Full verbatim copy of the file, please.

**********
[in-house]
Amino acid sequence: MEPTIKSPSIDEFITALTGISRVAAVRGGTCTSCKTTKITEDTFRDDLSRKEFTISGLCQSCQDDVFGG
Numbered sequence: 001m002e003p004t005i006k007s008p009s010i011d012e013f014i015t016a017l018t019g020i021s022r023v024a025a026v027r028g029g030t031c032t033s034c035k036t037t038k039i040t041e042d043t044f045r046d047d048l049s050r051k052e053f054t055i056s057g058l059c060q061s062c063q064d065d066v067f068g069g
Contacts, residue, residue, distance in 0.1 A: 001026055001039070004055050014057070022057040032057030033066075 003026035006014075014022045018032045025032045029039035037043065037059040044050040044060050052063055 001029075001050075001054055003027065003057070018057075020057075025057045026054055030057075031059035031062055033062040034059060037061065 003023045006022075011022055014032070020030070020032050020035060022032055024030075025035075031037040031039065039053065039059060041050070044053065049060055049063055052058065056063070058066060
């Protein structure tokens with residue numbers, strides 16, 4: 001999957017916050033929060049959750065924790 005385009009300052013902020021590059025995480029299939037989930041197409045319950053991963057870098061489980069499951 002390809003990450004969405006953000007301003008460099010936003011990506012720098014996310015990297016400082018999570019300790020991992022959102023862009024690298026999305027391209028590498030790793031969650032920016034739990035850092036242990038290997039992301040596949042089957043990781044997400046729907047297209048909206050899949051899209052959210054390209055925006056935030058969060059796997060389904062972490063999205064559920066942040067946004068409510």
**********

[in-house]
Amino acid sequence: MEPTIKSPSIDEFITALTGISRVAAVRGGTCTSCKTTKITEDTFRDDLSRKEFTISGLCQSCQDDVFGG
Numbered sequence: 001m002e003p004t005i006k007s008p009s010i011d012e013f014i015t016a017l018t019g020i021s022r023v024a025a026v027r028g029g030t031c032t033s034c035k036t037t038k039i040t041e042d043t044f045r046d047d048l049s050r051k052e053f054t055i056s057g058l059c060q061s062c063q064d065d066v067f068g069g
Contacts, residue, residue, distance in 0.1 A: 001026055001039070004055050014057070022057040032057030033066075 003026035006014075014022045018032045025032045029039035037043065037059040044050040044060050052063055 001029075001050075001054055003027065003057070018057075020057075025057045026054055030057075031059035031062055033062040034059060037061065 003023045006022075011022055014032070020030070020032050020035060022032055024030075025035075031037040031039065039053065039059060041050070044053065049060055049063055052058065056063070058066060
């Protein structure tokens with residue numbers, strides 16, 4: 001999957017916050033929060049959750065924790 005385009009300052013902020021590059025995480029299939037989930041197409045319950053991963057870098061489980069499951 002390809003990450004969405006953000007301003008460099010936003011990506012720098014996310015990297016400082018999570019300790020991992022959102023862009024690298026999305027391209028590498030790793031969650032920016034739990035850092036242990038290997039992301040596949042089957043990781044997400046729907047297209048909206050899949051899209052959210054390209055925006056935030058969060059796997060389904062972490063999205064559920066942040067946004068409510």